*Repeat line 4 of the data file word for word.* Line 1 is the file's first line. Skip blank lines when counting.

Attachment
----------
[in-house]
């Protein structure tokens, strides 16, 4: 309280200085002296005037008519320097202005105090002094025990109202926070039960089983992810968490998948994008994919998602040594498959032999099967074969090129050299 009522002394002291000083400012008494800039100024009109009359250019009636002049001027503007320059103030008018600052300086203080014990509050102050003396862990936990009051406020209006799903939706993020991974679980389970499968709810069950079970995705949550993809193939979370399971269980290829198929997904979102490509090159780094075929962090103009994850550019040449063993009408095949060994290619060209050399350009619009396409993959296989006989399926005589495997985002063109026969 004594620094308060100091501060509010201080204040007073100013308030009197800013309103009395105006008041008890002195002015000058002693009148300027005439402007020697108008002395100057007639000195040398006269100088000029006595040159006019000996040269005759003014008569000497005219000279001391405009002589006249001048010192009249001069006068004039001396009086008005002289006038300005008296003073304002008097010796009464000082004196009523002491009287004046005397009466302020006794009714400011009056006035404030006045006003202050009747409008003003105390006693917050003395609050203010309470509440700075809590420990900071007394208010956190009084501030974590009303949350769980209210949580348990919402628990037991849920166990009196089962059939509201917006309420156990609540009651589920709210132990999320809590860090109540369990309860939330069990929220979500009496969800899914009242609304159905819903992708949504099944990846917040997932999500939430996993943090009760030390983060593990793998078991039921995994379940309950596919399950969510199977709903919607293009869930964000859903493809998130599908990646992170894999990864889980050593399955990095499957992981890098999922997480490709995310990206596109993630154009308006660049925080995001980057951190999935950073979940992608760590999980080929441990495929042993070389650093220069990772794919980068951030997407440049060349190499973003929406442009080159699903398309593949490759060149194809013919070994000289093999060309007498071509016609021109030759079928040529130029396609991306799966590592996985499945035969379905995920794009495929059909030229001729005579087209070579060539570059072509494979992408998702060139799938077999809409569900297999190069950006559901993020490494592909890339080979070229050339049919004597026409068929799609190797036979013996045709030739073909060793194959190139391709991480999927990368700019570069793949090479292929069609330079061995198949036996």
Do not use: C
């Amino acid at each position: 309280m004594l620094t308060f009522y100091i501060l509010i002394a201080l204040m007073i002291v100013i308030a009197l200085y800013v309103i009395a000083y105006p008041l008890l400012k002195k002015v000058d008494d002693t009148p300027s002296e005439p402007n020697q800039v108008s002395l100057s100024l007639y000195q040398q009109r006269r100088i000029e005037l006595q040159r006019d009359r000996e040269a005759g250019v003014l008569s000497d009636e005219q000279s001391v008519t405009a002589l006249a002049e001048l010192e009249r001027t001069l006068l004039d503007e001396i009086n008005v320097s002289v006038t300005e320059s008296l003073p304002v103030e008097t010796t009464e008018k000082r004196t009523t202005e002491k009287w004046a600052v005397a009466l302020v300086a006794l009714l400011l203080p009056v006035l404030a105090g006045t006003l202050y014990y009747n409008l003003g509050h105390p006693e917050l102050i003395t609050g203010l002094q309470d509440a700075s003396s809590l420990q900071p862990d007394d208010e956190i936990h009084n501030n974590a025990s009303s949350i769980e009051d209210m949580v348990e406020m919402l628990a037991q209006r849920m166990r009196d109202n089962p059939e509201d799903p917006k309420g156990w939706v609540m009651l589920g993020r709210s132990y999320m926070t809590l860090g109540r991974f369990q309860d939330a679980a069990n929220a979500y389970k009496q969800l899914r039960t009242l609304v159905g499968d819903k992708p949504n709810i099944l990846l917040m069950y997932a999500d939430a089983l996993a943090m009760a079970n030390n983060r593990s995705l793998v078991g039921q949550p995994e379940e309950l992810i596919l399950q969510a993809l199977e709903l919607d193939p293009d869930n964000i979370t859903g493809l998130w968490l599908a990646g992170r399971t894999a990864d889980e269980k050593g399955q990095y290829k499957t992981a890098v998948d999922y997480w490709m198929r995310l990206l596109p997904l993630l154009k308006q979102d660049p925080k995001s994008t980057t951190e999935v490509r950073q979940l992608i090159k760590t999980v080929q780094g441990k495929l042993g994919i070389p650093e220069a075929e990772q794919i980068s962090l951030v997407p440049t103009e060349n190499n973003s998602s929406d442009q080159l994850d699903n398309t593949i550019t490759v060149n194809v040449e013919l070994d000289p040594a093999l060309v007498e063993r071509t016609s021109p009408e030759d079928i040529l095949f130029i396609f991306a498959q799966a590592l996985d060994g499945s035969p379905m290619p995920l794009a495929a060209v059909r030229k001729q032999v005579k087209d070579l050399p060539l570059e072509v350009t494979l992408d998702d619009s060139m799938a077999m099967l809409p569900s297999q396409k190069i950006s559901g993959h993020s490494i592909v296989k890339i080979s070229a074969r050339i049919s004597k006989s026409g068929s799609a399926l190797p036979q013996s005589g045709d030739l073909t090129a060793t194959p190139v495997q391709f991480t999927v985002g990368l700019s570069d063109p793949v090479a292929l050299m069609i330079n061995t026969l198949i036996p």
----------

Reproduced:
């Amino acid at each position: 309280m004594l620094t308060f009522y100091i501060l509010i002394a201080l204040m007073i002291v100013i308030a009197l200085y800013v309103i009395a000083y105006p008041l008890l400012k002195k002015v000058d008494d002693t009148p300027s002296e005439p402007n020697q800039v108008s002395l100057s100024l007639y000195q040398q009109r006269r100088i000029e005037l006595q040159r006019d009359r000996e040269a005759g250019v003014l008569s000497d009636e005219q000279s001391v008519t405009a002589l006249a002049e001048l010192e009249r001027t001069l006068l004039d503007e001396i009086n008005v320097s002289v006038t300005e320059s008296l003073p304002v103030e008097t010796t009464e008018k000082r004196t009523t202005e002491k009287w004046a600052v005397a009466l302020v300086a006794l009714l400011l203080p009056v006035l404030a105090g006045t006003l202050y014990y009747n409008l003003g509050h105390p006693e917050l102050i003395t609050g203010l002094q309470d509440a700075s003396s809590l420990q900071p862990d007394d208010e956190i936990h009084n501030n974590a025990s009303s949350i769980e009051d209210m949580v348990e406020m919402l628990a037991q209006r849920m166990r009196d109202n089962p059939e509201d799903p917006k309420g156990w939706v609540m009651l589920g993020r709210s132990y999320m926070t809590l860090g109540r991974f369990q309860d939330a679980a069990n929220a979500y389970k009496q969800l899914r039960t009242l609304v159905g499968d819903k992708p949504n709810i099944l990846l917040m069950y997932a999500d939430a089983l996993a943090m009760a079970n030390n983060r593990s995705l793998v078991g039921q949550p995994e379940e309950l992810i596919l399950q969510a993809l199977e709903l919607d193939p293009d869930n964000i979370t859903g493809l998130w968490l599908a990646g992170r399971t894999a990864d889980e269980k050593g399955q990095y290829k499957t992981a890098v998948d999922y997480w490709m198929r995310l990206l596109p997904l993630l154009k308006q979102d660049p925080k995001s994008t980057t951190e999935v490509r950073q979940l992608i090159k760590t999980v080929q780094g441990k495929l042993g994919i070389p650093e220069a075929e990772q794919i980068s962090l951030v997407p440049t103009e060349n190499n973003s998602s929406d442009q080159l994850d699903n398309t593949i550019t490759v060149n194809v040449e013919l070994d000289p040594a093999l060309v007498e063993r071509t016609s021109p009408e030759d079928i040529l095949f130029i396609f991306a498959q799966a590592l996985d060994g499945s035969p379905m290619p995920l794009a495929a060209v059909r030229k001729q032999v005579k087209d070579l050399p060539l570059e072509v350009t494979l992408d998702d619009s060139m799938a077999m099967l809409p569900s297999q396409k190069i950006s559901g993959h993020s490494i592909v296989k890339i080979s070229a074969r050339i049919s004597k006989s026409g068929s799609a399926l190797p036979q013996s005589g045709d030739l073909t090129a060793t194959p190139v495997q391709f991480t999927v985002g990368l700019s570069d063109p793949v090479a292929l050299m069609i330079n061995t026969l198949i036996p």